I suspect that people who work in service industries are taught to fill awkward silences with questions. If the guy at the bank’s computer takes too long, he starts asking how my Thanksgiving was, knowing that if I had a good one, I’m more than happy to tell him about it. If I had a bad one, I’ll abide the laws of common courtesy and just say “oh, I got to just relax at home!” (This means “I ate Funyuns in my underwear and drank a 40 because I have no family” or something. Whether or not that sounds like an awesome time is a matter of personal opinion.)
I was more than happy to tell the guy at the bank about how well my mom’s stuffing went over. We all miss grandma, but (all due respect) alzheimer’s will seriously screw up your cooking skills. I also abided the rules of courtesy and left out the part about how I came home, drank a 40 and cried out a recent breakup. These things happen.
I ran into “when in doubt, ask questions” while signing up at the local YMCA.
“So, what do you do?”
(Web design, moving into development.)
“Oh, so you type fast?”
(Yes, but mainly cause I typed a lot of letters in high school and play the piano.)
“Piano? Do you also sing?”
(Not in public.)
With that, I paid my money and had done something I’d wanted to do for a long time but had never had time or money. I joined the local Y. So, how’s it going?
The Y is the land of happy, skinny people. All of the women are toned, all of the guys are good-looking, and everybody’s rosy-cheeked and nice. I suspect that the Y is a lot like Sweden. I would feel terribly awkward and out of place, except that all of the employees are super nice and the other patrons seem to be too involved in whatever they’re doing to notice what I giant n00b I am.
You’d think by now that I would know that the locker room is pretty much ALWAYS right next to the pool. You’d think the Y would give new people some kind of tour or a map. You’d be wrong on all counts. However, once I just ASKED somebody to point me toward the locker room, I found the one at the Margaret Maddox Y (Inglewood) to be pretty nice. The one downtown is, hands down, the nicest locker room I have ever seen in my limited experience of locker rooms. In square footage, it might be bigger than my house, and the shower steam is kept separate, avoiding having the whole room turn into a nasty sauna.
Learn from my mistakes: if you just START USING the machine, whether it be elliptical, bike, or whatever, the thing will turn on and instruct you. Please do not ask me how I learned this. Please also do not tell any tv producers that they should follow me around with a tv camera for a show called “Adventures of Smart Girls with No Common Sense.”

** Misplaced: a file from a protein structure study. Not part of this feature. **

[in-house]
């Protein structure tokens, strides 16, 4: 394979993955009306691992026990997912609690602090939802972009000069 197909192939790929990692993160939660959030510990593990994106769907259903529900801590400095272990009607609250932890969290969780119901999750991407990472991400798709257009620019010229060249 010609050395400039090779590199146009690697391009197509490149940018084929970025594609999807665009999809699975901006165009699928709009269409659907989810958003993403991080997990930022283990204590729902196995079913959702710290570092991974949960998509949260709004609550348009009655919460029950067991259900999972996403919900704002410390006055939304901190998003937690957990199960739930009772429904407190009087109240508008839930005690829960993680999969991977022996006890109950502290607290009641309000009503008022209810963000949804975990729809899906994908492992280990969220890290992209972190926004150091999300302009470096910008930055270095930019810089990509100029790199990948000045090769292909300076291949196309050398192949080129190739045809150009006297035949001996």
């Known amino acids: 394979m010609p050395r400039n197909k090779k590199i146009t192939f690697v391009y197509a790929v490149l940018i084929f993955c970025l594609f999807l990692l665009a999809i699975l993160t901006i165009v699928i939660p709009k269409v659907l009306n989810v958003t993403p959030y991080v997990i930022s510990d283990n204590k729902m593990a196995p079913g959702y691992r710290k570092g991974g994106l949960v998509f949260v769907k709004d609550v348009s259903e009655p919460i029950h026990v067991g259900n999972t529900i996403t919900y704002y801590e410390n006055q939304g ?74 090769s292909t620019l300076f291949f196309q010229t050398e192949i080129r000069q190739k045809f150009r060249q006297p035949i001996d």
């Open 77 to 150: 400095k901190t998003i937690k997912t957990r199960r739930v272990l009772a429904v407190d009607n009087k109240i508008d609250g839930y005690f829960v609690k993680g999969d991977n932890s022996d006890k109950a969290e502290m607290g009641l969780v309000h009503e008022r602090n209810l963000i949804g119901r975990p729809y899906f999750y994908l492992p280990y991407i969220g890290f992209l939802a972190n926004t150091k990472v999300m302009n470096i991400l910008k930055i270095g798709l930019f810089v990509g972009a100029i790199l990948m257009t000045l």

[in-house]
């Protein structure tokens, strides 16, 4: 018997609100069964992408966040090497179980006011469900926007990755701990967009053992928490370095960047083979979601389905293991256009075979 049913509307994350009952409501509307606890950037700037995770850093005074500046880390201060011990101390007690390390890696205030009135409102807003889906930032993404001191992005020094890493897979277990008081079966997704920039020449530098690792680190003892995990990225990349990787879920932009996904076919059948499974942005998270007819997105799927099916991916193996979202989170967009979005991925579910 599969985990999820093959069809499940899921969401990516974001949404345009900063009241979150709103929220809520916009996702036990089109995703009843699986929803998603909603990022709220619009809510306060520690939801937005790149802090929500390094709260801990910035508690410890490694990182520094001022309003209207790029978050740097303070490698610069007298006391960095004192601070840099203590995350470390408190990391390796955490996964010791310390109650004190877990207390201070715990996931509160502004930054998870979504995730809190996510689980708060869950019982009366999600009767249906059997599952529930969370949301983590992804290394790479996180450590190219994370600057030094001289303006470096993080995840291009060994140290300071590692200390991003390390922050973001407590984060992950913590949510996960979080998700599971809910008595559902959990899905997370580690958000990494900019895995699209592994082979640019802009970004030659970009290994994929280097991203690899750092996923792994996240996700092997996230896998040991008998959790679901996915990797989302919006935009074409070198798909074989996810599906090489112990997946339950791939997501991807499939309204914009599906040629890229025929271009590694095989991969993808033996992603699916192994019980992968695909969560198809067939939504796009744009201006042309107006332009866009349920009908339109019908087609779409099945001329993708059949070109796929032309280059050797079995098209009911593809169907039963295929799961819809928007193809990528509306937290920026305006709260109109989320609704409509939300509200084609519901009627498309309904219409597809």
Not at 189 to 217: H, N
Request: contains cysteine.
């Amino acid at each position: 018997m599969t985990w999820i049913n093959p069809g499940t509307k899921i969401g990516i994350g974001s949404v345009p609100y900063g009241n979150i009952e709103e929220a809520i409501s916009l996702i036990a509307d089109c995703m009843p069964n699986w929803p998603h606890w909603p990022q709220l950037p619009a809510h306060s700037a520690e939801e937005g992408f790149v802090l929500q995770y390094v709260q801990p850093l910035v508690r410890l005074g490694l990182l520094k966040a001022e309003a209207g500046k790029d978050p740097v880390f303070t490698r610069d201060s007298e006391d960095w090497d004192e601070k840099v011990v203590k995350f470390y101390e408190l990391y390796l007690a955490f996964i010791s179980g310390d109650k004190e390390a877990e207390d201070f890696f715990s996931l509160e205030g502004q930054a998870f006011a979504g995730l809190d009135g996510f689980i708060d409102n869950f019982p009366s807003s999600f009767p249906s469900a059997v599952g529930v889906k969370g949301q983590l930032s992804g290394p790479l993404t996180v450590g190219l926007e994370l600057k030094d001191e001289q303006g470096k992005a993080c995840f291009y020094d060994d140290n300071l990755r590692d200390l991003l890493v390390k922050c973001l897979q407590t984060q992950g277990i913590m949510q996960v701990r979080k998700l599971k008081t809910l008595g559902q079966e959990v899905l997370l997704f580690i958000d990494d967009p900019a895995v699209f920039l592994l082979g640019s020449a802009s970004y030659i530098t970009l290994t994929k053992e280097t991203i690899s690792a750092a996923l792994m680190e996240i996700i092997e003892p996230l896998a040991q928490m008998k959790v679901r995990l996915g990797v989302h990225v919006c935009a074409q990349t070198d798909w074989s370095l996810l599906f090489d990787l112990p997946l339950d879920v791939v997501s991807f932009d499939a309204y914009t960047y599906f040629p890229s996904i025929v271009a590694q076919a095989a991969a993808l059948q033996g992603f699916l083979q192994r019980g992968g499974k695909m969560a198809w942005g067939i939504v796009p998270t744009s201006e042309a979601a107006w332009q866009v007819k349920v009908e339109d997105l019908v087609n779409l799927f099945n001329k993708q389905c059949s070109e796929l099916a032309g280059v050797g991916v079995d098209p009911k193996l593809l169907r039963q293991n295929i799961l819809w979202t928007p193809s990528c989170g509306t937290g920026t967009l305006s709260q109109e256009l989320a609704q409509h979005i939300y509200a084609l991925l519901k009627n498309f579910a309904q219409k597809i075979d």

If the class says “Advanced Step Aerobics,” this is not a descriptor of how much cardio will be done. This is a descriptor of how familiar you will need to be with WHAT THE HELL has happened to step aerobics since I took it in college. Those women were doing a full-out improv dance routine, apparently based solely on whatever the instructor was yelling. It was like really fast square dancing. I was positioned behind two leggy amazons from Planet Pilates who would literally do ballet jumps while the rest of us were marching in place. This leaves me with the following conclusion:
Assuming I did not unknowingly drop acid before class, I should hit a beginner class until I know what the hell “bus stop,” “rhumba left,” and “revolving door” are.
I also went to a sculpting class and learned that I am a total wuss. Judging from the feel of my arms 6 hours after class, I may not be able to move my arms tomorrow. Just FYI in case you need any air traffic control or baseball umpiring.
All in all, it’s been a really good experience so far. After a month of not being able to work out because of school and work, it feels really good and productive to be back at it, and to be doing something more interesting than walking the same 6 mile neighborhood loop that I always walk. Granted, this means I will no longer get cat calls from the NADC dorms, but you know: everything’s a trade off.